$$ \log_2 \left(1 + \frac{1}{a}\right) + \log_2 \left(1 + \frac{1}{b}\right)+ \log_2 \left(1 + \frac{1}{c}\right) = 2 \quad \text{where $a$, $b$, $c \in N$.} $$

Apparently, the answer is $a= 1$, $b =2$, and $c\space = 3$.

When I asked my math teacher I was told that the solution involved a bit of number theory, but didn't recieve a complete explanation. Could someone clear that up for me?

Edit: I had made a mistake in typing the question. I had left it as:

$ \log_2 \left(a + \frac{1}{a}\right) + \log_2 \left(b + \frac{1}{b}\right)+ \log_2 \left(c + \frac{1}{c}\right) = 2 \quad \text{where $a$, $b$, $c \in N$.} $

My apologies for causing confusion.

  • 8
    $\begingroup$ Unless I am mistaken, the equation does not hold for $(a, b, c) = (1, 2, 3)$. Perhaps it is $\log_2 (1 + \frac{1}{a}) + \log_2 (1 + \frac{1}{b})+ \log_2 (1 + \frac{1}{c}) = 2$? In that case you can find a solution on AoPS: artofproblemsolving.com/community/c6h43200p273208. $\endgroup$
    – Martin R
    May 24, 2020 at 10:04
  • $\begingroup$ Yes, Indeed it is, I made a mistake. Thanks for pointing it out and sharing the link! $\endgroup$ May 24, 2020 at 10:56
  • 2
    $\begingroup$ After your edit, you put Ishan's answer, with a decent amount of upvotes, in an unfavorable light. Also, the title still points at the old version. $\endgroup$
    – rtybase
    May 24, 2020 at 10:57
  • $\begingroup$ @rtybase: On the other hand, if a question states that “apparently, the answer is ...” if it isn't then a request for clarification might be more appropriate than answering the (apparently wrong) question. $\endgroup$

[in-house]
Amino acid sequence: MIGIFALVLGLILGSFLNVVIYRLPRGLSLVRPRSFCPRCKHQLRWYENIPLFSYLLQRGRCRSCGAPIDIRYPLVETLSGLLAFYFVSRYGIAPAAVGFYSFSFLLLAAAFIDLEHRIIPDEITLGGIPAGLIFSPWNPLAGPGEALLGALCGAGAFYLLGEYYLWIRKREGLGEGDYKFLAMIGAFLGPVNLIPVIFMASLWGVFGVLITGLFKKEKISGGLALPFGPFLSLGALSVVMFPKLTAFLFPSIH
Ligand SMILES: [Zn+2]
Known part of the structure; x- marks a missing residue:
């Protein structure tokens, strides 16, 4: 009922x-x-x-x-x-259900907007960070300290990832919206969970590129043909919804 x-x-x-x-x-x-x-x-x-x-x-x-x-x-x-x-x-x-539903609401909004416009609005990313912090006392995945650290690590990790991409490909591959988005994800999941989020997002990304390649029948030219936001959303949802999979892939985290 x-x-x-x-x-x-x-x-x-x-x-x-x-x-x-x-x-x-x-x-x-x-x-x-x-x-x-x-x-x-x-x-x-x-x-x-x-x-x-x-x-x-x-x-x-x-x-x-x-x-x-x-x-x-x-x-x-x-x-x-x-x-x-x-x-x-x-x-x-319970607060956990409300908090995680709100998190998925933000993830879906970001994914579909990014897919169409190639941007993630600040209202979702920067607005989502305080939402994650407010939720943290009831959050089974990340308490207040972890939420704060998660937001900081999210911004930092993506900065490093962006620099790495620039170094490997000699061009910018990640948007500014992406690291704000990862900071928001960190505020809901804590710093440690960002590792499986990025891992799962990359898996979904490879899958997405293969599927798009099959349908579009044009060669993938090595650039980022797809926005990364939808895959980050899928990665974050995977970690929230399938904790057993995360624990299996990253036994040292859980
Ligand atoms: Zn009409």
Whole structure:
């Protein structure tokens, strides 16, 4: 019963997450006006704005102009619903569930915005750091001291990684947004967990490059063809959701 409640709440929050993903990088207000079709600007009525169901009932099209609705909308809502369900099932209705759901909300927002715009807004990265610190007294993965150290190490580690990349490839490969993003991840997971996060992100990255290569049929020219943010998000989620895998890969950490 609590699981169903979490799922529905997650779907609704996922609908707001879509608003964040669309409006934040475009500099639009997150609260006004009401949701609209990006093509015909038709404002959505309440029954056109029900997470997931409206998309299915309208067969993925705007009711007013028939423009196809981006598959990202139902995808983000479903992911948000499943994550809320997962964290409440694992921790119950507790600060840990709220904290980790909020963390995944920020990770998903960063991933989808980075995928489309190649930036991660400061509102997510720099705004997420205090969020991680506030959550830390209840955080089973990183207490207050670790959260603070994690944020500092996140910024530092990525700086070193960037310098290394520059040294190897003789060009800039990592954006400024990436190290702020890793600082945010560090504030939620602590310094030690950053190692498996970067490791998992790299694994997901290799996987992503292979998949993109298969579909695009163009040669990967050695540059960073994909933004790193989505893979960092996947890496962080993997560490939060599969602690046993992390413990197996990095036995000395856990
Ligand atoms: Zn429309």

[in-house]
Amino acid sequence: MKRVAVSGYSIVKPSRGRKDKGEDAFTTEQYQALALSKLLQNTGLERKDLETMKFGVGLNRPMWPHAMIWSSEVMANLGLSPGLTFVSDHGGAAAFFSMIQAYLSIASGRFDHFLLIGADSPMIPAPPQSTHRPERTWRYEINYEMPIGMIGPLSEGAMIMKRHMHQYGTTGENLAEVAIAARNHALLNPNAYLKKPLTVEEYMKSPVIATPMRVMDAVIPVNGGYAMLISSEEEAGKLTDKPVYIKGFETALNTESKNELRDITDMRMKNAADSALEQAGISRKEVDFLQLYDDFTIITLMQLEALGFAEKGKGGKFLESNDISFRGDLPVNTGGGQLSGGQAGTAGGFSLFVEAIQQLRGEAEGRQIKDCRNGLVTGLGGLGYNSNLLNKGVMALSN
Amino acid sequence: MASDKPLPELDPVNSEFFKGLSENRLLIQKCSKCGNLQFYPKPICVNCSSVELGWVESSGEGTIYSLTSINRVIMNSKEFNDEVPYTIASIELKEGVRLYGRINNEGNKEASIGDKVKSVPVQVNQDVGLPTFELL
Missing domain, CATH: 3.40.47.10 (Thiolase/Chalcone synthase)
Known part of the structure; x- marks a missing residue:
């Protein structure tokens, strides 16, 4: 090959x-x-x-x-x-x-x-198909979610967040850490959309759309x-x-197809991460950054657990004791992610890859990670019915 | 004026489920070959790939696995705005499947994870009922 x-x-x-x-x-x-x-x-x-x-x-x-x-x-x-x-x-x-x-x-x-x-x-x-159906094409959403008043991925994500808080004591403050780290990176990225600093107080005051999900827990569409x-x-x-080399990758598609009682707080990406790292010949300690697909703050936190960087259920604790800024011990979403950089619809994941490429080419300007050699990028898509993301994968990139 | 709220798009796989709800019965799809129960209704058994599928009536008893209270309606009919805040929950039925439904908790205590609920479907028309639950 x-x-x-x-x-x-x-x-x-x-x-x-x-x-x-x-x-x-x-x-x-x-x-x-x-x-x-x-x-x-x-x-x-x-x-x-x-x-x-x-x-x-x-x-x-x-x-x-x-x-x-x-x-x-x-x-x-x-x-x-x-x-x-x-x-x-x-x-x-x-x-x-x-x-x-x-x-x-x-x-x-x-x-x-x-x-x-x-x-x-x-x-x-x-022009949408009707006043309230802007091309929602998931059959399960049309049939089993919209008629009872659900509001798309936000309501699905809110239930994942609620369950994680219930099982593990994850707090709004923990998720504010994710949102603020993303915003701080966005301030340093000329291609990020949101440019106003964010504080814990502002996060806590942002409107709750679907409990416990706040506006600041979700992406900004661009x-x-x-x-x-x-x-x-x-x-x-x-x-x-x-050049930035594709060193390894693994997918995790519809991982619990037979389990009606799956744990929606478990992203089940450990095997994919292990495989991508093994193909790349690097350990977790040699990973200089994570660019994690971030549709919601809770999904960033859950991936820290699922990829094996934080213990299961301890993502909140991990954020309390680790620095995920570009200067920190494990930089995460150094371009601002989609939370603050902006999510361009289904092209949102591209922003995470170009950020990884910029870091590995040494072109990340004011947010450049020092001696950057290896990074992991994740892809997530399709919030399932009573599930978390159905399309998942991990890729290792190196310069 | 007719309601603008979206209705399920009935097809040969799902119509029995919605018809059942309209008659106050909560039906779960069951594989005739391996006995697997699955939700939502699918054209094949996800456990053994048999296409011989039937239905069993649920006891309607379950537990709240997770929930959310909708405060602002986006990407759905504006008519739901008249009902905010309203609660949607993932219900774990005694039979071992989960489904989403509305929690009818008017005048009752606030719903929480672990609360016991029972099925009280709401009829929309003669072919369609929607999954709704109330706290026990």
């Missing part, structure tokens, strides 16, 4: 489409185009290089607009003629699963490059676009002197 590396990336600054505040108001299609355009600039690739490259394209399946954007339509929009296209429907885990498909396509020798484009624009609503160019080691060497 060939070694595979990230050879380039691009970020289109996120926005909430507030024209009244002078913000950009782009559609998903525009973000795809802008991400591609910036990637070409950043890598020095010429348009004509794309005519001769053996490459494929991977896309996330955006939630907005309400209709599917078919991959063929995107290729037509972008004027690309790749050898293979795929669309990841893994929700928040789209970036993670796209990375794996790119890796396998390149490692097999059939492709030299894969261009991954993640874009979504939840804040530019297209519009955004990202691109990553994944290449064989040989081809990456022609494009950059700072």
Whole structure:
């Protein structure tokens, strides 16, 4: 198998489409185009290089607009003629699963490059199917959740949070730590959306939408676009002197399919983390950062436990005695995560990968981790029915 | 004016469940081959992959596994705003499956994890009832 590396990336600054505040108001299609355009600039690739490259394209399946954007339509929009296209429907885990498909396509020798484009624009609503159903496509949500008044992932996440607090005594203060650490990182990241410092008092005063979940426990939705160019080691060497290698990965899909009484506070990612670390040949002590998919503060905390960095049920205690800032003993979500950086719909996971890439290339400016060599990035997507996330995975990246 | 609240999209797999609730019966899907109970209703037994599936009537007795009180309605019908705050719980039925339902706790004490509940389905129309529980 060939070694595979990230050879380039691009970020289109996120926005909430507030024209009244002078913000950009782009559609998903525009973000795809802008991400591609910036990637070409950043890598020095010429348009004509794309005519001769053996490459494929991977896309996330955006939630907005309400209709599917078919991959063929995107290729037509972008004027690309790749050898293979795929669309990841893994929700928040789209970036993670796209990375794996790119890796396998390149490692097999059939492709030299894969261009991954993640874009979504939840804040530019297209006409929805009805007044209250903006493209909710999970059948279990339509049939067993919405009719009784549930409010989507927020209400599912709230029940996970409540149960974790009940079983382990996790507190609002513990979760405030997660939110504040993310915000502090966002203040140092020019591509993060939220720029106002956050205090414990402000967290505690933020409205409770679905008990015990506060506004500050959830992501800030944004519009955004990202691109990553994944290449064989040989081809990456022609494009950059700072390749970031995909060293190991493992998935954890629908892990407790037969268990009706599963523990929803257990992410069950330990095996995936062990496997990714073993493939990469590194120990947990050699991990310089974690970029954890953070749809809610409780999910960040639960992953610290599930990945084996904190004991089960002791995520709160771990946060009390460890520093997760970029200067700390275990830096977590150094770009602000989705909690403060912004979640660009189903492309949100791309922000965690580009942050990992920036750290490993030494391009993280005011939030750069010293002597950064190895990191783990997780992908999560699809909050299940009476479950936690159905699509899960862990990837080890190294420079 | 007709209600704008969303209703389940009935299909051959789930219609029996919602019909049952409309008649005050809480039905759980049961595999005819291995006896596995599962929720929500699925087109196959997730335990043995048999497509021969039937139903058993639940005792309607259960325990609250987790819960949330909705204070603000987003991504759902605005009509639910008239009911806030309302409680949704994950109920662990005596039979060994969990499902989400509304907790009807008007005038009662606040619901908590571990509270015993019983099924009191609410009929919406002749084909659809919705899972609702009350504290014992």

– Martin R
    May 24, 2020 at 11:11
  • $\begingroup$ @MartinR indeed, I was just highlighting the fact. I hope guys will find a way to sort this little problem out. I'd simply add notes in the question and answer mentioning the edit (and time of the edit) and the change in the meaning of the question. Or close this one and create another ... $\endgroup$
    – rtybase
    May 24, 2020 at 11:17

1 Answer 1


The problem, as you have written it, has no solution.

Simplifying the LHS, we get $$(a^2+1)(b^2+1)(c^2+1) = 4abc$$ But, by the AM-GM inequality, we get $x^2+1\ge2x$, which gives $$(a^2+1)(b^2+1)(c^2+1) \ge 8abc$$

  • $\begingroup$ I am so sorry. I made a mistake in typing out the question. Sincere apologies. $\endgroup$ May 24, 2020 at 10:53
  • 1
    $\begingroup$ @Apologies are fine...but not enough in this case. You have here a very nice answer and with clear explanations and you should leave the original question as it was, and then ask a new question ...! $\endgroup$
    – DonAntonio
    May 24, 2020 at 11:02
  • $\begingroup$ @DonAntonio True, I hadn't thought of doing that. But I don't want to create any more confusion by editing the question back to what it was. I will be sure to do what you have suggested in case I make a similar mistake in the future. $\endgroup$ May 24, 2020 at 11:27

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